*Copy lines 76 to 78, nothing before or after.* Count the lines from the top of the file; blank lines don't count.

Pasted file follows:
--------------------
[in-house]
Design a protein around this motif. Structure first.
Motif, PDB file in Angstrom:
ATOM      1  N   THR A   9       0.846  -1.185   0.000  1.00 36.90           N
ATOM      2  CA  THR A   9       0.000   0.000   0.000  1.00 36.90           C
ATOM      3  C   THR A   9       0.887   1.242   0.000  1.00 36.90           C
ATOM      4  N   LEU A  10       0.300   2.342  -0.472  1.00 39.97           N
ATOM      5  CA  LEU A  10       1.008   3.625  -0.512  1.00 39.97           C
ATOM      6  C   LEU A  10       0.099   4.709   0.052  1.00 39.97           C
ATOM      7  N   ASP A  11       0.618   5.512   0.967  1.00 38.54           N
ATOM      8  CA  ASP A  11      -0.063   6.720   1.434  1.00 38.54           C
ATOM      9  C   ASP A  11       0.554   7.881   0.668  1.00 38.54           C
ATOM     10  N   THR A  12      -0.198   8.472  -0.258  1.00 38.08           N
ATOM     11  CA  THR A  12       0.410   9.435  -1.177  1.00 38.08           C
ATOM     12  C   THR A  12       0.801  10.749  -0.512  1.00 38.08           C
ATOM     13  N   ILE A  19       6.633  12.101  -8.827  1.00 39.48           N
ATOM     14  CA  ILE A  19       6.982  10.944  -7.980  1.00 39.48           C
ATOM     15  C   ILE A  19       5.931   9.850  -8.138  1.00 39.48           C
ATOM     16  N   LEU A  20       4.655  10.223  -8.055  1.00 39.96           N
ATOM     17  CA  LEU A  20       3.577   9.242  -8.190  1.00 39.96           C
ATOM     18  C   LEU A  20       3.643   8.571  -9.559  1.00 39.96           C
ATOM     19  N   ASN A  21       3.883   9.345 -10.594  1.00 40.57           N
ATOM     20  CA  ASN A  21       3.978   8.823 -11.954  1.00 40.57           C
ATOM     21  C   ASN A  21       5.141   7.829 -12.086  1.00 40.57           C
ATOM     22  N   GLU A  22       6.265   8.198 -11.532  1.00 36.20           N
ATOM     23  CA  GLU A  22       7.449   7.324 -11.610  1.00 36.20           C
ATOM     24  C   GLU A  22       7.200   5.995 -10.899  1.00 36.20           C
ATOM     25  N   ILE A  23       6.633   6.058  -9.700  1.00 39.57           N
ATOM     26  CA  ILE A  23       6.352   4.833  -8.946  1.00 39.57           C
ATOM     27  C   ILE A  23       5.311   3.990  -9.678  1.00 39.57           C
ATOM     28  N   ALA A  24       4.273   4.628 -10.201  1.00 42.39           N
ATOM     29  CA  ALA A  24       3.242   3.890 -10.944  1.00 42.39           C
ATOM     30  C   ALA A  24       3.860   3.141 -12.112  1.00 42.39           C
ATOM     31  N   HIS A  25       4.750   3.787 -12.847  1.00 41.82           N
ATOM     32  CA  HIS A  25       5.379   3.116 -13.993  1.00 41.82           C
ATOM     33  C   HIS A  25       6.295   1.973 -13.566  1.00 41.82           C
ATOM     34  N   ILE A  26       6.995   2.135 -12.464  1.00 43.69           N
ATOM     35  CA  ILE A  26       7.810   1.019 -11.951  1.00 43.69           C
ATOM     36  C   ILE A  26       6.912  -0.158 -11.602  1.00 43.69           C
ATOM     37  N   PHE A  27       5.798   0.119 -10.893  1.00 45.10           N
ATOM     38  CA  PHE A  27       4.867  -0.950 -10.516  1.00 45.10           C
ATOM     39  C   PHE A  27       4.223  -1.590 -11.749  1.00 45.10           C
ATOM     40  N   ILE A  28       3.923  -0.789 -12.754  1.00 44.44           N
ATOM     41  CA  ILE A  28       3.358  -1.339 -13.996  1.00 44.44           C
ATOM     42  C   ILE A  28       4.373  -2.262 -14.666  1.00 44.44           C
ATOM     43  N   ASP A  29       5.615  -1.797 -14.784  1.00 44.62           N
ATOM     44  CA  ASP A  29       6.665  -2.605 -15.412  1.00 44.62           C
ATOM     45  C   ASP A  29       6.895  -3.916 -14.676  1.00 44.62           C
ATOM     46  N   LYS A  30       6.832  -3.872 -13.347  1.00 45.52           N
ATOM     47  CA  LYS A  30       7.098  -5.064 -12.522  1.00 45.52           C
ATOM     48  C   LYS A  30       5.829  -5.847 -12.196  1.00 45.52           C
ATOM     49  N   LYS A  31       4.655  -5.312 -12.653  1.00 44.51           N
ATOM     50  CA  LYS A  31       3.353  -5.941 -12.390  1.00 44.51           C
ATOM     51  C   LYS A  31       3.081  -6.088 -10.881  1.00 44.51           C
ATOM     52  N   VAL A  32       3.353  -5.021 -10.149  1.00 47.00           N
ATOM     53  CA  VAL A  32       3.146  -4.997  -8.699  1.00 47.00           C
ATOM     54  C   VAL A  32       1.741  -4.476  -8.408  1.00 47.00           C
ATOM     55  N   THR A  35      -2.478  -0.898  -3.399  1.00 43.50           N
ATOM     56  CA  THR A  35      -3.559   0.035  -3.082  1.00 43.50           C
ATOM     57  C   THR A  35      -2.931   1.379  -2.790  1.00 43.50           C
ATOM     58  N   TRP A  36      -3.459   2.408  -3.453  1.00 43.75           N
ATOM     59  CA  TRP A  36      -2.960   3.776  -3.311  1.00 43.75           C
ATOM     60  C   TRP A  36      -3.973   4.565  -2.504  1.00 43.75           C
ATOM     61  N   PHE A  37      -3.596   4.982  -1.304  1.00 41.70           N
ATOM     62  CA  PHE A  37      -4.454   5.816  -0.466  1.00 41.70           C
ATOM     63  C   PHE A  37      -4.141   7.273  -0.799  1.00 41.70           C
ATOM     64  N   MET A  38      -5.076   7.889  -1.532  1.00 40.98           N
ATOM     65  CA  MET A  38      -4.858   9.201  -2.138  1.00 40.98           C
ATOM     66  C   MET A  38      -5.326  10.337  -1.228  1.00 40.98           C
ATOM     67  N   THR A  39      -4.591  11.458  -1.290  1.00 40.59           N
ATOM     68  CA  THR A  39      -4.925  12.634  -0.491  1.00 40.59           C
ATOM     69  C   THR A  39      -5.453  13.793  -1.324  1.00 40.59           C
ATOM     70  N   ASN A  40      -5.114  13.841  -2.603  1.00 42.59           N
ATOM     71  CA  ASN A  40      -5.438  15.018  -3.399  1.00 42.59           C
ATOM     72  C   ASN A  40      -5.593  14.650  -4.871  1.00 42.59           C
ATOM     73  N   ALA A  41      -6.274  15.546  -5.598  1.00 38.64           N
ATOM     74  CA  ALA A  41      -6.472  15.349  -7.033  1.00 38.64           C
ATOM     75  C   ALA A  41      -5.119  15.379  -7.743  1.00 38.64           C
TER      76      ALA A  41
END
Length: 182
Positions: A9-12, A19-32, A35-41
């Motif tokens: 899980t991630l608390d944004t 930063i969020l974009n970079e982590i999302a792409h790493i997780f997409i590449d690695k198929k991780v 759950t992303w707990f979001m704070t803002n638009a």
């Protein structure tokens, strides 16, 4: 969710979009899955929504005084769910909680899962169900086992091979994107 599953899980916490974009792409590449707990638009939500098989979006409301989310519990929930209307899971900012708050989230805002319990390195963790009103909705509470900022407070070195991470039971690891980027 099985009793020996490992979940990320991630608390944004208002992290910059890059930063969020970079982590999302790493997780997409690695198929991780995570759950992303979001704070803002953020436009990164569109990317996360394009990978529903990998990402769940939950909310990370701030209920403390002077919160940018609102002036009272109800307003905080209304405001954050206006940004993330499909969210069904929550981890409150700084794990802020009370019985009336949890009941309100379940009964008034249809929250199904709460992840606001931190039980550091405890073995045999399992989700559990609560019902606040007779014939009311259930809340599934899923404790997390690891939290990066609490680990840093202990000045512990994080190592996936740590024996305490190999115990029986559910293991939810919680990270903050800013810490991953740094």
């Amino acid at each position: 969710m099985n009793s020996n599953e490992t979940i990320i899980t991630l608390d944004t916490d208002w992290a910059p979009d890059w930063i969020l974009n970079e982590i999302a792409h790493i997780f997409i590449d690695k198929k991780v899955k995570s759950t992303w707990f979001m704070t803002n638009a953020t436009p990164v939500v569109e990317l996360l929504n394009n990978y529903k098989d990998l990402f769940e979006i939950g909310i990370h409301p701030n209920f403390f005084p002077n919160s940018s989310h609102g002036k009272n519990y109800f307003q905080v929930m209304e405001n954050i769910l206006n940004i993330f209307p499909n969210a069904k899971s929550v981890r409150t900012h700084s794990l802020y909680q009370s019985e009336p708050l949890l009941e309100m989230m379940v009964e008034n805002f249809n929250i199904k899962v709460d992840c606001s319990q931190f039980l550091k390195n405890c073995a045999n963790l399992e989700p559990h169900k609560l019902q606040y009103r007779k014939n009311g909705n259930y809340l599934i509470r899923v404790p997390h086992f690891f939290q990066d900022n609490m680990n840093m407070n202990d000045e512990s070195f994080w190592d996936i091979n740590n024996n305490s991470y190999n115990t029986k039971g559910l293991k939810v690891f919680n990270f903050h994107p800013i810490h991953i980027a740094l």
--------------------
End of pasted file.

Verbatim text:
ATOM     73  N   ALA A  41      -6.274  15.546  -5.598  1.00 38.64           N
ATOM     74  CA  ALA A  41      -6.472  15.349  -7.033  1.00 38.64           C
ATOM     75  C   ALA A  41      -5.119  15.379  -7.743  1.00 38.64           C